But the demand for personal sacrifice ignored the real costs for many Americans. Wearing a mask for a trip to the grocery store may have been a small sacrifice for people who spent their days working on their laptops from home. But the mandates were a hefty burden for workers who wore a mask day-in, day-out for months, with little certainty — and for cloth masks, with contrary evidence — that it was providing meaningful protection. Likewise, Covid vaccination demanded more than many people recognized. An unvaccinated person is not necessarily destined for severe illness from the virus, nor for transmitting it to others, and the vaccine comes with side effects, even if rarely serious ones. The question of whether the vaccine confers greater benefit than risk for any given individual cannot be answered with the same degree of certainty as whether you should evacuate when floodwaters are about to reach your house.

Calls for personal sacrifice in the interest of the common good have often drawn on the example of how, during World War II, ordinary Americans put up with rationing of consumer goods to support the war effort. But as historian Nicole Hemmer has noted, we have forgotten that even then there was popular resistance. Contrary to rosy images of the Greatest Generation willingly sacrificing comfort for the greater good, they also created black markets in rationed goods and hoarded staples. To ensure compliance, the government employed propaganda and social sanctions. Regulations that required New Yorkers to dim their lights at night to protect ships offshore — the glow of the city made their silhouettes easy for lurking German subs to see — had to be enforced by the Army when not enough people complied.

The lesson in all this is that while catastrophes often demand large personal sacrifices to overcome, the public’s capacity to sustain these sacrifices has hard limits, and we should not simply treat this as a moral failure. The temptation to do so may itself be an effect of prolonged catastrophic thinking — it has a way of downplaying the sacrifice it demands, while shaming those who, for understandable reasons, have reached their limit.

Where Is My Federal HEPA Filter?

The greatest cost of catastrophism about long-term problems is that it insists on highly visible, instant solutions while neglecting less-flashy, incremental improvements. The reason people are now less likely to die in weather-related disasters than they used to be, and that car and airplane safety have dramatically increased, has largely to do with infrastructure changes that receive little public attention.

Infrastructure works often in the background to enable safer decisions and reduce the burden of accidents. For instance, reducing road fatalities is not just a matter of enforcing traffic laws. Improved braking, better inclement-weather handling, safe road design, and car crumple zones work in concert to make accidents less common, and less severe when they do happen. Sweden and other countries have achieved a road fatality rate a fraction of America’s, partly from better passing lanes and guardrails, better protection of pedestrian crossings, and switching to roundabouts.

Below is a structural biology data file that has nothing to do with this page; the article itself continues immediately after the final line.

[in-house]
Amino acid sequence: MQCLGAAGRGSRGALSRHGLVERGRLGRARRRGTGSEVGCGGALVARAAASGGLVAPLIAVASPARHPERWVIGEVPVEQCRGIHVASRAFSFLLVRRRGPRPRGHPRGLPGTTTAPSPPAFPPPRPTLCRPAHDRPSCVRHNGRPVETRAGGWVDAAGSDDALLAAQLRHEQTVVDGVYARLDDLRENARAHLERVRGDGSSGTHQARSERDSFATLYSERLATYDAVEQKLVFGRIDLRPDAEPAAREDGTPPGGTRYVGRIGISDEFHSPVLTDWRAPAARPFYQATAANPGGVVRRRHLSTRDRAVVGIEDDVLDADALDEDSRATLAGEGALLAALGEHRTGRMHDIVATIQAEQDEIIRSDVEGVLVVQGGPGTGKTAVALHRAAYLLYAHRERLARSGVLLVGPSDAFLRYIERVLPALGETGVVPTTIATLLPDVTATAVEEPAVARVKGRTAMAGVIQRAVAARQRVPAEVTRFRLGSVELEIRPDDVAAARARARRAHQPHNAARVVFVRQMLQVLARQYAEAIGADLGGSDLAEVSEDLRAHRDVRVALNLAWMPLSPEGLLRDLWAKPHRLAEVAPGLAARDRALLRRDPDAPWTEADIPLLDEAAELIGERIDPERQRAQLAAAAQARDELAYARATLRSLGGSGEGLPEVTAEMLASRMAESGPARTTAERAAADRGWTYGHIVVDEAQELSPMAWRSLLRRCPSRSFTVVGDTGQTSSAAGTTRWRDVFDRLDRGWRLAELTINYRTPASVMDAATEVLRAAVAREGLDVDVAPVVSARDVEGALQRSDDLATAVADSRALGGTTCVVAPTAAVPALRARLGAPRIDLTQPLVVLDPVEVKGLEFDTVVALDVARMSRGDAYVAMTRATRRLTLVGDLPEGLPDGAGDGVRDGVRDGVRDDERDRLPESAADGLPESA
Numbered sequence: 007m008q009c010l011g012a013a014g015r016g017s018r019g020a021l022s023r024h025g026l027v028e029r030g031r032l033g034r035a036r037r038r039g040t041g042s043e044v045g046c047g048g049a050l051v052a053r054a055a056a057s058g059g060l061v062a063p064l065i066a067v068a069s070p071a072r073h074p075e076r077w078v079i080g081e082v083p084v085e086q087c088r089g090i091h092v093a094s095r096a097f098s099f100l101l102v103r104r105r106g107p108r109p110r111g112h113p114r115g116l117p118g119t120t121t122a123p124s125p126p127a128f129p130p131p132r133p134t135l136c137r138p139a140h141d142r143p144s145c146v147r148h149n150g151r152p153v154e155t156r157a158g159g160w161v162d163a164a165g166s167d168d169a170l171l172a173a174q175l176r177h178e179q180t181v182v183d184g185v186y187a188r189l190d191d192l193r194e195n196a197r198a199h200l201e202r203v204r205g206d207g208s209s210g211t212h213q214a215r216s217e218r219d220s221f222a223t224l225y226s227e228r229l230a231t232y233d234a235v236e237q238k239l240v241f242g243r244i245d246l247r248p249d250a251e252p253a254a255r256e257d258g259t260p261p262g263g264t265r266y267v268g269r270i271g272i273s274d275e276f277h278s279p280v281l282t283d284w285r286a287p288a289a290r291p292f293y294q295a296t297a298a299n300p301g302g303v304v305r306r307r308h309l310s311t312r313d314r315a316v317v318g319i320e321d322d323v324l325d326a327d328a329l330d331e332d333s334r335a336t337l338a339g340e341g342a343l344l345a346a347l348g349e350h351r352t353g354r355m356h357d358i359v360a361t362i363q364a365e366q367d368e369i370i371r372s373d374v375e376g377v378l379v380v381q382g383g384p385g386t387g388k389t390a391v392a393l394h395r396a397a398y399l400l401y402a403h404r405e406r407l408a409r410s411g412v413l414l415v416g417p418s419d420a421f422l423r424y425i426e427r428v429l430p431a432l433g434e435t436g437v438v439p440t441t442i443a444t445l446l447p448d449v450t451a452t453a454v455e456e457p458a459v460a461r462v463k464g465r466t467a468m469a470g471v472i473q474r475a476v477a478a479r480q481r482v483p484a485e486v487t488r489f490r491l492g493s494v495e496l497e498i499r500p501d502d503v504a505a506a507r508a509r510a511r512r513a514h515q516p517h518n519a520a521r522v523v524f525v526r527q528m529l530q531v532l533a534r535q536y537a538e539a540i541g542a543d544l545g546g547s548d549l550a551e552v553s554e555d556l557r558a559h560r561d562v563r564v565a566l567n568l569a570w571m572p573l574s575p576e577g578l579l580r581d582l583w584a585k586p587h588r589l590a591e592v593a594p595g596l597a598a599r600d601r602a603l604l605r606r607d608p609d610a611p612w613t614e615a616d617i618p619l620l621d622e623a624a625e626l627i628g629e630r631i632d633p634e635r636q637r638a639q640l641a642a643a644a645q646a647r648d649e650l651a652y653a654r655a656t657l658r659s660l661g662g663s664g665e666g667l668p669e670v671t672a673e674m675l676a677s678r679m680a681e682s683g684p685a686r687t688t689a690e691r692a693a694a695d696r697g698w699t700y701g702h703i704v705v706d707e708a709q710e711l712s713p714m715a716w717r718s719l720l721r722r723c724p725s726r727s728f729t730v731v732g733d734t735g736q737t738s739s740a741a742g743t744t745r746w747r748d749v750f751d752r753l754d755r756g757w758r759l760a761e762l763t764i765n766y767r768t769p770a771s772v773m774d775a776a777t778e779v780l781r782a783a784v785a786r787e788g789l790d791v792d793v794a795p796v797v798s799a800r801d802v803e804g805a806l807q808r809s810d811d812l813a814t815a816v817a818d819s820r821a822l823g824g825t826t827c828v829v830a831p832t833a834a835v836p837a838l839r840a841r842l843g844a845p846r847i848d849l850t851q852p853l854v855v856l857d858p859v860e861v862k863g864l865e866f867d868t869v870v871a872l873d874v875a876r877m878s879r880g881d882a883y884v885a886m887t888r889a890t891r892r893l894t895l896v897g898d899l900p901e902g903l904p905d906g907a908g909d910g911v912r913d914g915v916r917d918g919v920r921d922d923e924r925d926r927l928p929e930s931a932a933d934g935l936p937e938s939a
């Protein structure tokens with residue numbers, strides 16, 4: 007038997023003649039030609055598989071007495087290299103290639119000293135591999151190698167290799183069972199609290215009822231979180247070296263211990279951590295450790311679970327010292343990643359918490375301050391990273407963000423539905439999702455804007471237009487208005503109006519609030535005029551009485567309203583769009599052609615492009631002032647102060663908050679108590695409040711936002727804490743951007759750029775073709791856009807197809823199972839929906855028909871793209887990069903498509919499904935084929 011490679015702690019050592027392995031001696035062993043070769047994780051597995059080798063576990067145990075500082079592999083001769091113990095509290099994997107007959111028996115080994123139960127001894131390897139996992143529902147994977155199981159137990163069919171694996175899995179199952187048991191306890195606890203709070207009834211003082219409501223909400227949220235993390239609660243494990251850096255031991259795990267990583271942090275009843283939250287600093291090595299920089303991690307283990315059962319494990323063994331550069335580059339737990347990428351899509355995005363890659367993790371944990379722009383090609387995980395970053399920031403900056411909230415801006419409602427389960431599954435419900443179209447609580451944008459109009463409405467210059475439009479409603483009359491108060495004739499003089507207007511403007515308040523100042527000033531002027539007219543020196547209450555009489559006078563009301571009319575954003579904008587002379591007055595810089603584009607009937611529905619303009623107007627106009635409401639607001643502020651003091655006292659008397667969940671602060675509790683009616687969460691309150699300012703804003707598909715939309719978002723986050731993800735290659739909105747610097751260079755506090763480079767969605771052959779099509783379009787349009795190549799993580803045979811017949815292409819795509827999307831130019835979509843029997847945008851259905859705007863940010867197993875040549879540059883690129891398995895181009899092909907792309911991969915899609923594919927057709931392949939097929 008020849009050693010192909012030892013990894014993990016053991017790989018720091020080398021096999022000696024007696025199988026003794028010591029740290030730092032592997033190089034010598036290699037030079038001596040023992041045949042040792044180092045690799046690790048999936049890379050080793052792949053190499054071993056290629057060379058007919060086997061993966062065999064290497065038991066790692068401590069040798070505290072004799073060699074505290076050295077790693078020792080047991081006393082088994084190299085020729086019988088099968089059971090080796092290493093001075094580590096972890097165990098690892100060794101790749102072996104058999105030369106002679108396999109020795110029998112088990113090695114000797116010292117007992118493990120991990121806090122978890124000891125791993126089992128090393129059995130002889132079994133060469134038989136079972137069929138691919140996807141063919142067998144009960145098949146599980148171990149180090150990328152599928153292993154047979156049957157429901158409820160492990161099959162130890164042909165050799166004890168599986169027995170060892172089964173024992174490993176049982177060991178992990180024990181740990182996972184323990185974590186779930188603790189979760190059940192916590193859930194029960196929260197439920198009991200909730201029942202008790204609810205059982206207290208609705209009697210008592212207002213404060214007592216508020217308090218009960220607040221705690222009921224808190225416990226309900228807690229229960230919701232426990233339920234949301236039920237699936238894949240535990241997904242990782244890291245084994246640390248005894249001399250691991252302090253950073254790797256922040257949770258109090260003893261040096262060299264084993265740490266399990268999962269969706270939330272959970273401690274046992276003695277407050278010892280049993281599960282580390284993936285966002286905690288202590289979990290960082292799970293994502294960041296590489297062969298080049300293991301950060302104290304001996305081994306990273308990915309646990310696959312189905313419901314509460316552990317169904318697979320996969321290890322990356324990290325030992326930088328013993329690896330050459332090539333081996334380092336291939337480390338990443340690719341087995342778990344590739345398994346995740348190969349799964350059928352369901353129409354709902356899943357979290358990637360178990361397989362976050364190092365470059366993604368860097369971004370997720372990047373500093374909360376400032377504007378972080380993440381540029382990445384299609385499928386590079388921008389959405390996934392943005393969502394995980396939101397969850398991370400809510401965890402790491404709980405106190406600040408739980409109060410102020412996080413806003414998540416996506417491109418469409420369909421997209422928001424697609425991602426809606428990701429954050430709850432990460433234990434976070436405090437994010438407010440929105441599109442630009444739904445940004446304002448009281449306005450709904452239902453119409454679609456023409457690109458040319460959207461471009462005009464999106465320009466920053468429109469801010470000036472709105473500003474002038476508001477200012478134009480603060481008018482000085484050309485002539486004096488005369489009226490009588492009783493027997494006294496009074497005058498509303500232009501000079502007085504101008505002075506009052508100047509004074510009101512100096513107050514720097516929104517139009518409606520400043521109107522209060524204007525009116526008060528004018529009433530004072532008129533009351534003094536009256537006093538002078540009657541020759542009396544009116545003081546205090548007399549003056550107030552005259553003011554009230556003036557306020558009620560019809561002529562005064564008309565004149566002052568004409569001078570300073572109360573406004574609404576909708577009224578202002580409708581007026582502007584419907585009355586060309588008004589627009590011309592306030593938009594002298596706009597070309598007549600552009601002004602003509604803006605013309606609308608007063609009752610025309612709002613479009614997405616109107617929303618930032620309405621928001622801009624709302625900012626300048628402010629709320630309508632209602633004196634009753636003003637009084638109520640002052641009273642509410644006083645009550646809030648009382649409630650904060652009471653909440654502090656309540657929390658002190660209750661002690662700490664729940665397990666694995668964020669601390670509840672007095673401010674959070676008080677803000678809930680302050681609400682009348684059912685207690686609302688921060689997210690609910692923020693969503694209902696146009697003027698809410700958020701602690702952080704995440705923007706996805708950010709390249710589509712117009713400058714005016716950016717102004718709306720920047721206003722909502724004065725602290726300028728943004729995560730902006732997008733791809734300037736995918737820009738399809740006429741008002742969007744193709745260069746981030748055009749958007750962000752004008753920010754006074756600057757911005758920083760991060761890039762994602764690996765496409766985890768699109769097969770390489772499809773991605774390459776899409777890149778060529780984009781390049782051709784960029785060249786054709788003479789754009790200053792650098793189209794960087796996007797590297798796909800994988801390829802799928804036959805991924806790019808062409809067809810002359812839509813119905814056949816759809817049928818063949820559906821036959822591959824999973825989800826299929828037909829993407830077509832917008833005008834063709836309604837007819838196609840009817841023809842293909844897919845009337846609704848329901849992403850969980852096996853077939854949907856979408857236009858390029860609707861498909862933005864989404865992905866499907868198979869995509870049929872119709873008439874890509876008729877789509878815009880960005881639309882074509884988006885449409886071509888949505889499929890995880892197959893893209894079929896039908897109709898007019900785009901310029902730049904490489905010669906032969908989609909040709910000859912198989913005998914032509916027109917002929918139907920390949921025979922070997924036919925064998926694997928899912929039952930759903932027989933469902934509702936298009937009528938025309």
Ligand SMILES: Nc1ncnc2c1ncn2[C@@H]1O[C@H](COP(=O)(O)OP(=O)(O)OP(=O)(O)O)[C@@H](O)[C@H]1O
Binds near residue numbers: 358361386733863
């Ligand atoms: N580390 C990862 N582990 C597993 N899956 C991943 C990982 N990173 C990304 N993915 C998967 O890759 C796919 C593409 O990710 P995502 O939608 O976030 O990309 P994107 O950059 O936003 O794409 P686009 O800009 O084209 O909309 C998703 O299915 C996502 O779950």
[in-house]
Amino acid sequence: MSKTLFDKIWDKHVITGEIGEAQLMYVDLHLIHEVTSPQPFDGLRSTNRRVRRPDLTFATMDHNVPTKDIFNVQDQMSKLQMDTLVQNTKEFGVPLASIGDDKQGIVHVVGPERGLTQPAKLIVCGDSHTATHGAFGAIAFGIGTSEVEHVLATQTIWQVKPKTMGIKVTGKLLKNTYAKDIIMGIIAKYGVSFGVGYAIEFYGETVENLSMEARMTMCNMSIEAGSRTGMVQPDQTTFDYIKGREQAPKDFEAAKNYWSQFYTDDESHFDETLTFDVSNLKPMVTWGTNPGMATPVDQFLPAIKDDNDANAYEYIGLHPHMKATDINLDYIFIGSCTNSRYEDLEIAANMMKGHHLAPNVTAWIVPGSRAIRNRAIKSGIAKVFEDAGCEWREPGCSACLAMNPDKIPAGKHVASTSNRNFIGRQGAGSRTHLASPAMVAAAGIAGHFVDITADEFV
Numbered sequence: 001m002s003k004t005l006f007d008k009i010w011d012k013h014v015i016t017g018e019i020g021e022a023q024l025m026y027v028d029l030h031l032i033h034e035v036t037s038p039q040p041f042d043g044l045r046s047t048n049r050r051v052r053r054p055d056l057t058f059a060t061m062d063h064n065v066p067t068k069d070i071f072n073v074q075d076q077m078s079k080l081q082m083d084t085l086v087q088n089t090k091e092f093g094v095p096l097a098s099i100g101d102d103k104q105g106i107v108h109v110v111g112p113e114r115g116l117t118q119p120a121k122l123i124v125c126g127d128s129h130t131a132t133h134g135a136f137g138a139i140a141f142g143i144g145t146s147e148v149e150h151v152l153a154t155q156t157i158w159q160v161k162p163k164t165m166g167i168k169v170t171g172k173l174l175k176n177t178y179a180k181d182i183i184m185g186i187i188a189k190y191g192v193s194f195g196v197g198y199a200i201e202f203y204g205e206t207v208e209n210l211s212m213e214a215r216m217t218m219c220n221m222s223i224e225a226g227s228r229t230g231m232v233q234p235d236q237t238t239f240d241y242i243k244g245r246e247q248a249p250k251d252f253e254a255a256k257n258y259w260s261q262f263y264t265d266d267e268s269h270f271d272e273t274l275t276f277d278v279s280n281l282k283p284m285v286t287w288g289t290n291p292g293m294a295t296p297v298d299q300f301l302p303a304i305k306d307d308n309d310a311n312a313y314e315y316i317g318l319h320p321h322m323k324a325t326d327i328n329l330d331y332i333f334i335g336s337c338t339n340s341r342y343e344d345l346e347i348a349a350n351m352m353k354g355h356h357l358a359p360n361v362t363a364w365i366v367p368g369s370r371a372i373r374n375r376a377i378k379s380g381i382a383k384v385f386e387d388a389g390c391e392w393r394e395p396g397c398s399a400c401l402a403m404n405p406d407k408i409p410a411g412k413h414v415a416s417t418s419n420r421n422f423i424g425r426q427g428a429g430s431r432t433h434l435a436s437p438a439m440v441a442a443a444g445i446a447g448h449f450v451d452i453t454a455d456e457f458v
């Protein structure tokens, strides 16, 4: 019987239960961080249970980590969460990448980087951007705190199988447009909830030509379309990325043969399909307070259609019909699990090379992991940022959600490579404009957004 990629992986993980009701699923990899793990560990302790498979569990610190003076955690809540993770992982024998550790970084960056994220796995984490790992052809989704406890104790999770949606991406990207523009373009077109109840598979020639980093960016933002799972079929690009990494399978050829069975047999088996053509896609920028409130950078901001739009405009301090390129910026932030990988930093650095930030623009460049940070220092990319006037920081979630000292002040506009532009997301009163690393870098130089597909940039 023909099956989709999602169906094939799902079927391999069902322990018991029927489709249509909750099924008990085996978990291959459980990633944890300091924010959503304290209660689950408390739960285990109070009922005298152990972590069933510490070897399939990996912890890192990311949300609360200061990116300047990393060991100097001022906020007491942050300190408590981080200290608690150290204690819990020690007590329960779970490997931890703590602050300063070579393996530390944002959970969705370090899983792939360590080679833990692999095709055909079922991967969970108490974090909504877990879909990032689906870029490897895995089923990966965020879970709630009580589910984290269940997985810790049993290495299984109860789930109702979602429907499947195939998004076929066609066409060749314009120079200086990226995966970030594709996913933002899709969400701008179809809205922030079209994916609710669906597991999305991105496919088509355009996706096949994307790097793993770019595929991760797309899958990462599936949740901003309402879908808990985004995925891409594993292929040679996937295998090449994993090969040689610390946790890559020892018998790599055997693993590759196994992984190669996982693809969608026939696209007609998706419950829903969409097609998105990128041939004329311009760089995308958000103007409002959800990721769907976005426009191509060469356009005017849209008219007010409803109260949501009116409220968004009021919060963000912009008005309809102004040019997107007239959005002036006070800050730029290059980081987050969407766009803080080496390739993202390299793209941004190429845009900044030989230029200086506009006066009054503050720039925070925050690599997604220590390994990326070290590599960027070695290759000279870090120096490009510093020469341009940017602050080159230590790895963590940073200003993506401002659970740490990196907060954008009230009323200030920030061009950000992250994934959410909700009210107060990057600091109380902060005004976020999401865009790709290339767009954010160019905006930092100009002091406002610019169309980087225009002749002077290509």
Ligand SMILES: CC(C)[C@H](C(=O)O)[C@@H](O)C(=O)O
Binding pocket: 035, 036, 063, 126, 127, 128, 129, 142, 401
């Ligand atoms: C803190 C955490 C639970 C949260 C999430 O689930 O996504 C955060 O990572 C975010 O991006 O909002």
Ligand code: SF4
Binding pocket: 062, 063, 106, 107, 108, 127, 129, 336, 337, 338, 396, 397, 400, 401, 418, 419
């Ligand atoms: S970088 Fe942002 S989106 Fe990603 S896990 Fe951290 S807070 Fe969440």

A similar story can be told about why more Americans now die from lightning strikes than commercial airplane accidents. Improved pilot training and cockpit procedures have played a role, but so have more resilient airplane components and industry-wide reporting of errors among mechanics, pilots, and air traffic controllers. Air travel has been made safer by building smarter organizations and better coordinating the people working closest to the hazards.

Likewise, carbon-dioxide emissions per capita have dropped by over twenty percent in the United States since the year 2000, despite little change in Americans’ worries about climate change. As Roger Pielke, Jr. has argued, the most pessimistic — meaning also the most reported — climate scenarios no longer seem likely. How did this happen? Reductions in American carbon emissions have resulted from investments in renewable energy technologies, converting from coal to natural gas, and improvements in energy efficiency.

Of course, no one knows how the last decades would have played out without alarmist rhetoric. But, given that Americans today don’t drive any less or eat fewer pounds of meat, moral hectoring over carbon footprints seems to have been more a sideshow than the main act.

Should we have expected anything different for the pandemic? Here, too, squabbling over individual adherence to masking and vaccination distracted from the task of building more resilient pandemic infrastructures. Whenever Americans were exhorted to do “their part,” there were additional tools available, complementary strategies that would have put less of the onus on individuals.